Government income has to be doubled to create fiscal space for increased capital expenditure and investment for development opportunities, President Mohamed Nasheed said in his radio address yesterday.
Speaking on the cabinet decision last week to incentivise voluntary redundancy in the civil service, President Nasheed reiterated that facilitating more attractive and higher paying employment opportunities for civil servants and government employees remains “a major goal for the government.”
“Development opportunities are going to be very limited if a large part of state revenue is recurrent expenditure,” he said. “We have to increase capital expenditure. The best way is to exponentially increase government income.”
While revenue was increasing year by year, Nasheed continued, current levels of annual income have to be “doubled” to make fiscal space for capital investments.
“It will take time for the state to reach that level,” he added. “It is necessary for the government to maintain recurrent expenditure at a certain level to reach [the goal]…The government’s purpose, or objective, is to find ways for employees to improve their standard of living.”
Under the scheme launched by cabinet on Tuesday, civil servants and government employees will be eligible for one of four retirement incentive packages: no assistance, a one time payment of Rf150,000 (US$11,700), a payment of Rf150,000 and priority in the small and medium enterprises loan scheme (for those 18-50 years of age), or a lump sum of Rf 200,000 (US$15,600) and priority in government training and scholarship programmes (for those 18-40 years of age).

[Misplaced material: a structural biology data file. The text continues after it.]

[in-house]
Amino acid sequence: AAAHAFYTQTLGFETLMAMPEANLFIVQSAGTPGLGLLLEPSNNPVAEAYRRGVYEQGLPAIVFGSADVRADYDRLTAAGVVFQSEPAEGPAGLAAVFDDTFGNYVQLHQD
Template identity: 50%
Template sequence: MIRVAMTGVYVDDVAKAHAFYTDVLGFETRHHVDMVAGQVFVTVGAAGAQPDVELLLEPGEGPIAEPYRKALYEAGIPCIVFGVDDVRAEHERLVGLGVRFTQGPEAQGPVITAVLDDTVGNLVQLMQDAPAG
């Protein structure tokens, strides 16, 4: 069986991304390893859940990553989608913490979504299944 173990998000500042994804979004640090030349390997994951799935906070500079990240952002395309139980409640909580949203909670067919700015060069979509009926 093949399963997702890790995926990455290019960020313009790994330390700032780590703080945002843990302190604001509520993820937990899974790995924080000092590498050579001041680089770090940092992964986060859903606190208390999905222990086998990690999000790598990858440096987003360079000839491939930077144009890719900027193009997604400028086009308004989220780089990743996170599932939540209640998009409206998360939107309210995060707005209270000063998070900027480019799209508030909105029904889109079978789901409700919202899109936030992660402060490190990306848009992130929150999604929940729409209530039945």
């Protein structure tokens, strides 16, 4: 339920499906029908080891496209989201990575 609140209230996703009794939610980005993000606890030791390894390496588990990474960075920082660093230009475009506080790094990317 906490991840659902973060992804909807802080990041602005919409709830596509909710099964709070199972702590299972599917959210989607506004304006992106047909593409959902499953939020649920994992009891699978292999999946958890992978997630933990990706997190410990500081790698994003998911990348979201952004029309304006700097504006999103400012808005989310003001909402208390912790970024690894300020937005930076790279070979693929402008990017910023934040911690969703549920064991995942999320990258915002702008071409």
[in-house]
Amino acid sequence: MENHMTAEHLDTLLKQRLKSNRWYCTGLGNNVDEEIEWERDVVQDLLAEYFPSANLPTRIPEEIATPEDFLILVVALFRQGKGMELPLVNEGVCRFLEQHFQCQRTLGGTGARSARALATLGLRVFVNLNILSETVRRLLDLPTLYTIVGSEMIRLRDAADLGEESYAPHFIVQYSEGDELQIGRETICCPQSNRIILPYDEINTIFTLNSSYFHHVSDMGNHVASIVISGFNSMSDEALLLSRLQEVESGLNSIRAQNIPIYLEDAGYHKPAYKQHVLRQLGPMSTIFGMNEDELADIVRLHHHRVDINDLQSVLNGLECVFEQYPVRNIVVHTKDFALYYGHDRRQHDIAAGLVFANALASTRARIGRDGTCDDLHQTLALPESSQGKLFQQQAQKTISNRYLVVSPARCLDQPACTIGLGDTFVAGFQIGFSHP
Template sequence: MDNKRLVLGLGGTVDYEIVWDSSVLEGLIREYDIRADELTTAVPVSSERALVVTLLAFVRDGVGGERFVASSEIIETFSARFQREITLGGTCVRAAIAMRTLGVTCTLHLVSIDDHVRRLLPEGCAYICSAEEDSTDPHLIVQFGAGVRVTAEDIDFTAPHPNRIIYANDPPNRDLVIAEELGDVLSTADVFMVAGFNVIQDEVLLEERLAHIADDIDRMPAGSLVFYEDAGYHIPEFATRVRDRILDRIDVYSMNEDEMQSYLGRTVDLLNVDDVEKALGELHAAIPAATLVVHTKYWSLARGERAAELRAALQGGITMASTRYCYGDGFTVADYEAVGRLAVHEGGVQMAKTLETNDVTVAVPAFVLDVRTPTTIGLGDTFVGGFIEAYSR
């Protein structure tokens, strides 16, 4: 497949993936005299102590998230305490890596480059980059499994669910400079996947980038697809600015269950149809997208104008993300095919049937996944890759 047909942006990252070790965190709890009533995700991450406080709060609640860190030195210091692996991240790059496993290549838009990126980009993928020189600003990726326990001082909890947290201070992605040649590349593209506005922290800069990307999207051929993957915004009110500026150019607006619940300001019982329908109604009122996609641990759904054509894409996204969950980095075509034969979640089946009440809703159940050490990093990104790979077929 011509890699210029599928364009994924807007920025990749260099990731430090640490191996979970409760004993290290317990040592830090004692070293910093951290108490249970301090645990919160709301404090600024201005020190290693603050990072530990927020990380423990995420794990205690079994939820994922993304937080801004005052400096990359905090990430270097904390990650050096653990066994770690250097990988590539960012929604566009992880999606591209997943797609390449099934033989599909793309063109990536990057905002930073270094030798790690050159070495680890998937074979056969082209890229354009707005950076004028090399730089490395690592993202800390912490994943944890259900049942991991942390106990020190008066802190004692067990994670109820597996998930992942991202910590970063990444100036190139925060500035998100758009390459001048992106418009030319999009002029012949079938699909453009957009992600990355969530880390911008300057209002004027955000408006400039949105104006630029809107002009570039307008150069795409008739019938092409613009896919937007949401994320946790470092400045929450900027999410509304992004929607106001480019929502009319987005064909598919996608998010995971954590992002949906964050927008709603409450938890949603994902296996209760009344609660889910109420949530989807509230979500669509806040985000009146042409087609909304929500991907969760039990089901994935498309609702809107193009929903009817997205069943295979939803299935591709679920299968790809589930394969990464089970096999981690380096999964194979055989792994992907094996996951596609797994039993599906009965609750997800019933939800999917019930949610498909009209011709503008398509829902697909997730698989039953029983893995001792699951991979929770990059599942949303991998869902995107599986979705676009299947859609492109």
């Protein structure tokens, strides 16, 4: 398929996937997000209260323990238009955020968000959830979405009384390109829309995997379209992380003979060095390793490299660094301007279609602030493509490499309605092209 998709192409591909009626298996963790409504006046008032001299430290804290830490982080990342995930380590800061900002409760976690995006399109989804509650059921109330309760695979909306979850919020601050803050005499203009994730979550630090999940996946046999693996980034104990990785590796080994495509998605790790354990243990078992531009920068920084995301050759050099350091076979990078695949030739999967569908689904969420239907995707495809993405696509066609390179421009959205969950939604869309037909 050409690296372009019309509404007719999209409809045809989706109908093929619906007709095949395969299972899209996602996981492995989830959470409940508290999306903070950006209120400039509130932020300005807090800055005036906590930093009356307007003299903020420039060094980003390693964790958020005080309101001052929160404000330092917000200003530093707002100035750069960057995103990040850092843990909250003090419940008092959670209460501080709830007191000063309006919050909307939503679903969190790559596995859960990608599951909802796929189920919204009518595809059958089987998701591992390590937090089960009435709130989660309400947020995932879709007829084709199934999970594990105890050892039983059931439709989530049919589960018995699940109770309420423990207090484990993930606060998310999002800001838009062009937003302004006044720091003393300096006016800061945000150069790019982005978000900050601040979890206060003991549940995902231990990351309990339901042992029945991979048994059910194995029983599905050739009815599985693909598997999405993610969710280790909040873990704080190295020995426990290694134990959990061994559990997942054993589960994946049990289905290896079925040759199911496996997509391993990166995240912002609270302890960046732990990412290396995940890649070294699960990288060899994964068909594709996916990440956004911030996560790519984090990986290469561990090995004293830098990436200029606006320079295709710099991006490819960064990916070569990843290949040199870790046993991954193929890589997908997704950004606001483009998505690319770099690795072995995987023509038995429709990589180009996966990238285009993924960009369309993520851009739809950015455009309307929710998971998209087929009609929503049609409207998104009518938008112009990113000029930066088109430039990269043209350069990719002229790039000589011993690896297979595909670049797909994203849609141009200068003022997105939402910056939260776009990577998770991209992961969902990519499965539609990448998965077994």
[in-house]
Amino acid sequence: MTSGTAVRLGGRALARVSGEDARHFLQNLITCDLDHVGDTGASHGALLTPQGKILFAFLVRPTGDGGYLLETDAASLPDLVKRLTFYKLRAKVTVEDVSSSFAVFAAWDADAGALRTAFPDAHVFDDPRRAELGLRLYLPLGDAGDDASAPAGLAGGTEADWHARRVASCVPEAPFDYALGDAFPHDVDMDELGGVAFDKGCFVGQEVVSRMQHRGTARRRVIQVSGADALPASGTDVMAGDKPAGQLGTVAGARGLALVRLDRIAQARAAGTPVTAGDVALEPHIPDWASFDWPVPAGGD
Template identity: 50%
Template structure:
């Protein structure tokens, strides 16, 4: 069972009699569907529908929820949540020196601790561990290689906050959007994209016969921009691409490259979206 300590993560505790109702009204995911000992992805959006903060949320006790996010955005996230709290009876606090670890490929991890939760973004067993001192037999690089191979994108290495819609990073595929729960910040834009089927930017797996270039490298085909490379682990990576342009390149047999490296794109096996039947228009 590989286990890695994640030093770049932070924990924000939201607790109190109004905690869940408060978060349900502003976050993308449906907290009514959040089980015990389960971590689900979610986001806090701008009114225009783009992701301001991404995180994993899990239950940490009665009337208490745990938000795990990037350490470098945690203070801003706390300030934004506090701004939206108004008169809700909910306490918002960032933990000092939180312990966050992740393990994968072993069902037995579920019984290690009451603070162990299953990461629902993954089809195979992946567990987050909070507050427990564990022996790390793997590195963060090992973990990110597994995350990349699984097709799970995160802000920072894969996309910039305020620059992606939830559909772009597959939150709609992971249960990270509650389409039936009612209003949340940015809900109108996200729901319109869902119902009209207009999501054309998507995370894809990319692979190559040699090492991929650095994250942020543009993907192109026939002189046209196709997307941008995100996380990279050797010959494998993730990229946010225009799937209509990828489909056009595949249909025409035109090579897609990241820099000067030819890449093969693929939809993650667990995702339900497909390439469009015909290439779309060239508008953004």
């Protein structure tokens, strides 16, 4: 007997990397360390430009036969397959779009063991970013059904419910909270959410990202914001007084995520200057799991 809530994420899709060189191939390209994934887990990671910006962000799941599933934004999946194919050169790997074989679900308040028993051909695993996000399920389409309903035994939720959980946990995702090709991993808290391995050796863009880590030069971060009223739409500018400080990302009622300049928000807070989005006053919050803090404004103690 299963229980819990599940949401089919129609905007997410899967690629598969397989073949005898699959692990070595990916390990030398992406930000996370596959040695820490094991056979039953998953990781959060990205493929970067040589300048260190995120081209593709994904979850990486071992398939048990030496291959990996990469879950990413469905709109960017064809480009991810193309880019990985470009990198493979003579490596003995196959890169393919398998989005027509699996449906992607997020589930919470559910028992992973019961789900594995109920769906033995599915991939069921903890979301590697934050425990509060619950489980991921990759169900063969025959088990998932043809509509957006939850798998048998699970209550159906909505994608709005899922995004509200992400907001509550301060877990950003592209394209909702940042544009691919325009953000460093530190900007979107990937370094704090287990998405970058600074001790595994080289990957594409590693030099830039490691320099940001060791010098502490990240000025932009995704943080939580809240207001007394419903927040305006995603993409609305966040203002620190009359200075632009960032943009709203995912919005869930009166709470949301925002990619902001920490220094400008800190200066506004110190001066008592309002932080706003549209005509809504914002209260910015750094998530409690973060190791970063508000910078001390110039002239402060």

Government employees above the age of 55 who retire voluntarily will be given the same benefits as those released by the Civil Service Commission (CSC) at the mandatory retirement age of 65.
The deadline to apply for the programme with the Finance Ministry is May 31, 2011.
In August 2009, the government’s decision to implement austerity measures to alleviate the crippling budget deficit – including unpopular pay cuts of up to 15 percent for civil servants – was met with protests and fierce resistance from opposition parties and the CSC.
President Nasheed announced at the time that the government planned to halve the 32,000-strong civil service by 2011 through redundancies and transfer of employees to corporations.
While the President stated that the civil service should be composed of no more than 18,000 well-paid and qualified staff, CSC Chair Mohamed Fahmy told Minivan News last week that the commission currently has 19,000 permanent staff.
At the height of a protracted legal dispute between the CSC and government last year, the parliament-appointed independent commission was accused of attempting to topple the government and “plunge the Maldives into chaos.”
International organisations such as the International Monetary Fund (IMF) and the World Bank meanwhile insist that reckless expansionary fiscal policies from 2004 onward that saw doubling expenditure on salaries between 2007-2009 crippled the economy.
“The Maldives faces the most challenging macroeconomic situation of all democratic transitions that have occurred since 1956,” read a World Bank report in March 2010.